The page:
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The following article is from The Great Soviet Encyclopedia (1979). It might be outdated or ideologically biased.



in ancient Rome, priest-diviners who based their predictions on the inspection of the entrails of sacrificial animals and also interpreted natural phenomena (thunder, lightning, and so forth). The Romans borrowed the custom of haruspicy from the Etruscans.

The Great Soviet Encyclopedia, 3rd Edition (1970-1979). © 2010 The Gale Group, Inc. All rights reserved.


ancient Etruscan seers who divined the future from the entrails of animals. [Rom. Hist.: EB, IV: 933]
Allusions—Cultural, Literary, Biblical, and Historical: A Thematic Dictionary. Copyright 2008 The Gale Group, Inc. All rights reserved.
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In a manner similar to their colleagues in Net-Assyrian times, the haruspices in Mad were bound by oath not to reveal the results of their extispicies to outsiders; only the king was to be informed.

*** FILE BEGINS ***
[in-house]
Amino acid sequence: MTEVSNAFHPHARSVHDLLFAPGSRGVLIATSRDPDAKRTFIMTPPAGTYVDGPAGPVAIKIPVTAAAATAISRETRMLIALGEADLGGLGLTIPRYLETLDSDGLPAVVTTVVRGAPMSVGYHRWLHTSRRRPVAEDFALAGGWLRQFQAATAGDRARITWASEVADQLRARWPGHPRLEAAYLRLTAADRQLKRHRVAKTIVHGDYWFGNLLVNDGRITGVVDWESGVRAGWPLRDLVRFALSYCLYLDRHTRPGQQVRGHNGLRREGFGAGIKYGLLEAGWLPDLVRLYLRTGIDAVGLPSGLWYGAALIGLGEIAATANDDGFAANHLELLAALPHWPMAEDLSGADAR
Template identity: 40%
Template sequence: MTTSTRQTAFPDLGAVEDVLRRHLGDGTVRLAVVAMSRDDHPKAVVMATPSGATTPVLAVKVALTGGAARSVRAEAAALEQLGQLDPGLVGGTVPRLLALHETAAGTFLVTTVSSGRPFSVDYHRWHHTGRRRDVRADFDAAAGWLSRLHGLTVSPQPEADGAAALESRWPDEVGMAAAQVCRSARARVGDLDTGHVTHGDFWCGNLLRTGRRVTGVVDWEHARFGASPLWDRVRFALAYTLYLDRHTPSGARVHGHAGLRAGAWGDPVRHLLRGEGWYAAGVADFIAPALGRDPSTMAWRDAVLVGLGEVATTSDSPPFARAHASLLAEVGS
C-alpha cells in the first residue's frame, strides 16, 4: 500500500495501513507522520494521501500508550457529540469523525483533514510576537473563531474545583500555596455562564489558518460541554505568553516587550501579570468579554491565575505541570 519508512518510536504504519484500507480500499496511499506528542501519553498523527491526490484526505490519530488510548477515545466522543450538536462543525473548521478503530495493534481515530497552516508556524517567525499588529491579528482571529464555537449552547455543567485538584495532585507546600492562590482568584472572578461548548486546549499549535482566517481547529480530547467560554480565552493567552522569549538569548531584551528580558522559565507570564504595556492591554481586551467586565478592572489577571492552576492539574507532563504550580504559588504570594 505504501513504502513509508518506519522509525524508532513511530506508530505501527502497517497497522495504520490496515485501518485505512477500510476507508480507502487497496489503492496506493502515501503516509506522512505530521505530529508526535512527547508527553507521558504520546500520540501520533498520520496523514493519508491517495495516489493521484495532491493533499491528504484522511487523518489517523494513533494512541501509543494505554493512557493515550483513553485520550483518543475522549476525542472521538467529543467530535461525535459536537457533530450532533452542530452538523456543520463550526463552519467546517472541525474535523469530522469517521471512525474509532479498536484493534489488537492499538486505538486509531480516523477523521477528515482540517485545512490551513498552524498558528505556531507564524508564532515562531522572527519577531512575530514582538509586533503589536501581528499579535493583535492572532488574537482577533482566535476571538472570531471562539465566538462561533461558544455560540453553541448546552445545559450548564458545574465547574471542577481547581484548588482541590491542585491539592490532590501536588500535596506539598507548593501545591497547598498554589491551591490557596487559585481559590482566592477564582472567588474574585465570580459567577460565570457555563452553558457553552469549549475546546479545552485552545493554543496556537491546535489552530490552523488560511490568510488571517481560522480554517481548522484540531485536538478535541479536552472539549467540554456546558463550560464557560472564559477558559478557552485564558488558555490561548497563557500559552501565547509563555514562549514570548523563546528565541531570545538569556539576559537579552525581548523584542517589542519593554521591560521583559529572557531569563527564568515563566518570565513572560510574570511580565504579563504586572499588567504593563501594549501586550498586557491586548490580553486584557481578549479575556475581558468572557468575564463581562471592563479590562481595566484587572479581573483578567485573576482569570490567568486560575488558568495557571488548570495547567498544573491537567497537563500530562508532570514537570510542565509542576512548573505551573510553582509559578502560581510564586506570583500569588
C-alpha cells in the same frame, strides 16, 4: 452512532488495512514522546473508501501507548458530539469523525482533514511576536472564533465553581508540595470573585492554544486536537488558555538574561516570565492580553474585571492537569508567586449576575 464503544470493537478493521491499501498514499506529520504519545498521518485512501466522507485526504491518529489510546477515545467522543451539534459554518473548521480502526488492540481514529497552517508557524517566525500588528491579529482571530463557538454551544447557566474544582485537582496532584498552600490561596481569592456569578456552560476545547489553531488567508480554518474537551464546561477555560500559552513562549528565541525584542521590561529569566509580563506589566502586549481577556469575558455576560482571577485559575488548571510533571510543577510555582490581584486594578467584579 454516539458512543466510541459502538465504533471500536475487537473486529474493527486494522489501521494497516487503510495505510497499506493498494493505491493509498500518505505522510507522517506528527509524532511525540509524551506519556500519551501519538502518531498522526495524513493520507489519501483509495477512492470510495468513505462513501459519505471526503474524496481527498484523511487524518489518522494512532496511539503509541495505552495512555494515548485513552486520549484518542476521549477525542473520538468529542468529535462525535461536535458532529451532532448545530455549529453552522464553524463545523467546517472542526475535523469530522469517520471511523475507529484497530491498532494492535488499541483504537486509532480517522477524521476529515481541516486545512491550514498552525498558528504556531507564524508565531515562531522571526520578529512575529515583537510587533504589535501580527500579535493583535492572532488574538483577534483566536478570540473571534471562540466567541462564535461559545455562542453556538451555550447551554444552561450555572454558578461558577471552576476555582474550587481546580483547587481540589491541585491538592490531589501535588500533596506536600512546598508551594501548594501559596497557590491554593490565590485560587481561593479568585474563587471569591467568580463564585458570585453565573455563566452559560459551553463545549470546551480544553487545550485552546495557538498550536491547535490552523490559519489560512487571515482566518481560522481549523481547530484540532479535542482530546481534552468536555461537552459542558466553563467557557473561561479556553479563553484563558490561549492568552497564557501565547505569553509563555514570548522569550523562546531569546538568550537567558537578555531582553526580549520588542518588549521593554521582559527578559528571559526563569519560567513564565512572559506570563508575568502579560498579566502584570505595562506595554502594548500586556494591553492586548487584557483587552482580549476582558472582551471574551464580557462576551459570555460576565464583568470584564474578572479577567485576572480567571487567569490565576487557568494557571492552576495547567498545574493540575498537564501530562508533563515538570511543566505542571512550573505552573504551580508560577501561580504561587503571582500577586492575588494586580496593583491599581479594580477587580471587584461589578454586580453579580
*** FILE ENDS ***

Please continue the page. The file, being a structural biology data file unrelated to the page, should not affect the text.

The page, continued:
Under De magis, he refers, as Casoni seems to have done after him, to "necromantii, hydromantii, geomantii, aeromantii, pyromantii, incantatores, ariosi, haruspices, auspices, augures, astrologi, genethliaci, geneses, horoscopi, sortilegi, salisatores, auguria," etc.
El propio San Agustin busca de las artes adivinatorias de un haruspice en un momento dado de su vida, segun Santiago Montero.